Changed norms of comfort in different energy cultures: The case of heat pumps

Panel: 8. Dynamics of consumption

This is a peer-reviewed paper.

Nina Heidenström, National Institute for Consumer Research (SIFO), Norway
Kirsten Gram-Hanssen, The Danish Building Research Institute, Denmark
Pål Strandbakken, National Institute for Consumer Research, Norway
Toke Haunstrup Christensen, The Danish Building Research Institute, Denmark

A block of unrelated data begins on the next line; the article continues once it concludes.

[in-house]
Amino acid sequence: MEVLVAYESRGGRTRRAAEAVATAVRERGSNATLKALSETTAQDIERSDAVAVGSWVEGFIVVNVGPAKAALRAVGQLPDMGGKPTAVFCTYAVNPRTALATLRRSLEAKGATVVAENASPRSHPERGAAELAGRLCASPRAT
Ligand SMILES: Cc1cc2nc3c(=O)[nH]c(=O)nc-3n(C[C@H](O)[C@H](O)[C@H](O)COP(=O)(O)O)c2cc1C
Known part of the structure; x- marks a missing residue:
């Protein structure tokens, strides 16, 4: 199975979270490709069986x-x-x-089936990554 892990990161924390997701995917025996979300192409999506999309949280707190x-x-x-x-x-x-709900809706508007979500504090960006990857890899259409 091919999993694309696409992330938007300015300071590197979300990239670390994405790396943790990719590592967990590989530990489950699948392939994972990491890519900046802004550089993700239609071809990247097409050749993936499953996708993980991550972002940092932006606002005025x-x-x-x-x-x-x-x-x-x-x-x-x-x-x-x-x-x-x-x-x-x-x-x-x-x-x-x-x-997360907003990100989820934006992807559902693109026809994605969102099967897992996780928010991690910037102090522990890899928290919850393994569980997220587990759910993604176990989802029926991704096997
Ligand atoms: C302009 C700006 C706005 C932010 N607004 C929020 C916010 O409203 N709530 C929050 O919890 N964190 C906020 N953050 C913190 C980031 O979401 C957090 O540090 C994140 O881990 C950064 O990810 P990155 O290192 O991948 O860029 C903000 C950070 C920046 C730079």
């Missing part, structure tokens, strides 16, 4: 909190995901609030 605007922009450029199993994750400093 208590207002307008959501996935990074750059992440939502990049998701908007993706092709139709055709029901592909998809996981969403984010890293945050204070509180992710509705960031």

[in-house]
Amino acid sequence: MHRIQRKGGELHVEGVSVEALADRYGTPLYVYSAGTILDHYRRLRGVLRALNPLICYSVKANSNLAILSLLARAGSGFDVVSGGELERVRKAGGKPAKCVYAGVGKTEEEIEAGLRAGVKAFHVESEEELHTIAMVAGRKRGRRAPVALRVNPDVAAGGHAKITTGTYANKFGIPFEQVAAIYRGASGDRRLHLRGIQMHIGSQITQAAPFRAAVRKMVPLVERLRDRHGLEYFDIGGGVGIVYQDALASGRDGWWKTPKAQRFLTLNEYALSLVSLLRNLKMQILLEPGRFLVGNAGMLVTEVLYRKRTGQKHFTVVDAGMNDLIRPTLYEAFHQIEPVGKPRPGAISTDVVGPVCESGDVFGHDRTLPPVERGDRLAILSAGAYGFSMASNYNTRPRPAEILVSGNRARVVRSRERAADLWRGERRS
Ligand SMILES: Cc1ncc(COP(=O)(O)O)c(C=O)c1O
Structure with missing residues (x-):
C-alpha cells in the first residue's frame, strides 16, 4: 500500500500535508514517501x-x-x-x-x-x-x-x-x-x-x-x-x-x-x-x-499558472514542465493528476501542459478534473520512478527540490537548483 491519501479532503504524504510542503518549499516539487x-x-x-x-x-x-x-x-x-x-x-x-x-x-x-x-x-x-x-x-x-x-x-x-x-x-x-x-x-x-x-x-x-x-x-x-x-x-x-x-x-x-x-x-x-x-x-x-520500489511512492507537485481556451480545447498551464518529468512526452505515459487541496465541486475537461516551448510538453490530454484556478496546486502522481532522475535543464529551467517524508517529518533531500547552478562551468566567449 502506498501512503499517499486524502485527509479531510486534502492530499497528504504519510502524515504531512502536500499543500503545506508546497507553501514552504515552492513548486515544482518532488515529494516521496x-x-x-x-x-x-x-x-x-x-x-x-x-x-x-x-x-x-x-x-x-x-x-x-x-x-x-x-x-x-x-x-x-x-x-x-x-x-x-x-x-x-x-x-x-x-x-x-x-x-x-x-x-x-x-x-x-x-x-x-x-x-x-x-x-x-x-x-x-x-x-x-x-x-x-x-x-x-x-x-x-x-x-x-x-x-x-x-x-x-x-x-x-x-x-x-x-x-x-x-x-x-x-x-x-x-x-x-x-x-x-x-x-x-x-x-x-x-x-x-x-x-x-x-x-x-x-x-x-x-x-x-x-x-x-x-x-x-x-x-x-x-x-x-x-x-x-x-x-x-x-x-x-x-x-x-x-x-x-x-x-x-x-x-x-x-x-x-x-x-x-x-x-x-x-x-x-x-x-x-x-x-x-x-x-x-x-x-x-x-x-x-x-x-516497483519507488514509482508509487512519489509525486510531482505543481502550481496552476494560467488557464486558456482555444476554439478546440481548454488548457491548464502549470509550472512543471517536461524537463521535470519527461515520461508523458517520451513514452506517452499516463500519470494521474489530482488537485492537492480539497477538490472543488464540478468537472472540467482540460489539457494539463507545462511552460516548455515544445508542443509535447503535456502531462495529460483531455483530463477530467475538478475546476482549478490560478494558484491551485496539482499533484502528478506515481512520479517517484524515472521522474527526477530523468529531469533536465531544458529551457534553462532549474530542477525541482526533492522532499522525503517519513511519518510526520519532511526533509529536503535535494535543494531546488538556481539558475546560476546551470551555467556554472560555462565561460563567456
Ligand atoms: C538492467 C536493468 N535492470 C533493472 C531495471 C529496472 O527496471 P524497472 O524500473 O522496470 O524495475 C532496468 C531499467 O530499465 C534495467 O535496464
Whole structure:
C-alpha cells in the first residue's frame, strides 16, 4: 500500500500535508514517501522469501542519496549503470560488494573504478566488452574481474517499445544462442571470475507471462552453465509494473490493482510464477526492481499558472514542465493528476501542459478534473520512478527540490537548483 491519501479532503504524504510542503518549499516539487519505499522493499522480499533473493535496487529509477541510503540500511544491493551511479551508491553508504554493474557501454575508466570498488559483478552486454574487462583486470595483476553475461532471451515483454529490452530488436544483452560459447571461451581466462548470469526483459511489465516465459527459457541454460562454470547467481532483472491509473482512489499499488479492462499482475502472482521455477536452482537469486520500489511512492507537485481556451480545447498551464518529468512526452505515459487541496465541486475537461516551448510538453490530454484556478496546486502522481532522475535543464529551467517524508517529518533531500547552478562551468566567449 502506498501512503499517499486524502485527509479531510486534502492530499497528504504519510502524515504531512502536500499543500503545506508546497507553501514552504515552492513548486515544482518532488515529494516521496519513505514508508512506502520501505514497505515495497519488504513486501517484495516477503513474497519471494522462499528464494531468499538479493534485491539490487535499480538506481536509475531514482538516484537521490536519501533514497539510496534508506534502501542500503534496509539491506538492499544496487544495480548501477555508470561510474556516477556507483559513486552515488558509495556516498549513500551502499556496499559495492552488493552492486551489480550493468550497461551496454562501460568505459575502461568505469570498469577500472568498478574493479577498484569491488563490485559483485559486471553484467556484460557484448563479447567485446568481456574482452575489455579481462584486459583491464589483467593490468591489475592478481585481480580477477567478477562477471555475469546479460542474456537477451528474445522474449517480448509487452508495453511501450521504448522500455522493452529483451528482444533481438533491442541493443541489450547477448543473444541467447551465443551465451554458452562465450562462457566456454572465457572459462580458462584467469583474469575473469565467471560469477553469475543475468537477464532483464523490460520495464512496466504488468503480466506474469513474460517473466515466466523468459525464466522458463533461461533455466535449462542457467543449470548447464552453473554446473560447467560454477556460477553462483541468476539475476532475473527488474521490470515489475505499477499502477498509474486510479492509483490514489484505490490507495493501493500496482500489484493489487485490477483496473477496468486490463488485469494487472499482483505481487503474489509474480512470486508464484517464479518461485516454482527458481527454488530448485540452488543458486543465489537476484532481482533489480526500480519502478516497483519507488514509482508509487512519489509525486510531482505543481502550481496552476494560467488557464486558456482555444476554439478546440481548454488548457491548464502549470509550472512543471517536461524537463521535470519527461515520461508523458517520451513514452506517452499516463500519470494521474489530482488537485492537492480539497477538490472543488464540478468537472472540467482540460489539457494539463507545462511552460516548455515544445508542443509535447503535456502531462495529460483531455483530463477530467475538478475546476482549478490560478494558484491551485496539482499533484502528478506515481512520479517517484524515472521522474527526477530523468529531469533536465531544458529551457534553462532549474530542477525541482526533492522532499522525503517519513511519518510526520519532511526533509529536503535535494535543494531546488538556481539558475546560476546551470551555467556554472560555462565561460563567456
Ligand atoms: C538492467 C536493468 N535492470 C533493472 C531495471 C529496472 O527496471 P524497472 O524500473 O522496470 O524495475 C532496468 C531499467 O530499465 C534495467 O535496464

From socio-technical research it is well documented that social norms change with the development in technological structures. It is also recognised that there are different energy cultures in different countries, depending on energy supply structure, building traditions and other aspects of the energy consumption-production infrastructure. In this paper these two approaches will be brought together in a discussion of how the introduction of a new energy efficient technology, the heat pump, might influence social norms of comfort in different energy cultural contexts. A previous Danish study on heat pumps showed that 20% of the expected energy saving from substituting direct electric heating with heat pumps was not realised in practice. In Norway, research shows that only 58% of households report saving electricity by using a heat pump. In both cases the surplus energy is used to increase indoor comfort.The growing popularity of heat pumps might be seen as a result of these changes; it is a feasible measure that has the potential of increasing the comfort level for the same amount of kWh. These results point towards similar trends in the two countries regarding comfort norms induced by the introduction of heat pumps. However, there is expected to be considerable differences in the Norwegian and Danish energy cultures. They will be compared with regards to energy consumption patterns, energy production systems, and major differences in energy culture and tradition. This is used in a discussion of how different energy cultures might affect the way the introduction of heat pumps can be expected to influence changes in norms of comfort in the two countries. The paper will draw on practice theoretical understandings of how everyday life habits and routines, comfort and technologies are closely related and interwoven. The discussion may contribute to a better understanding of energy practices, and serve as a base for future policy instruments on sustainable consumption.


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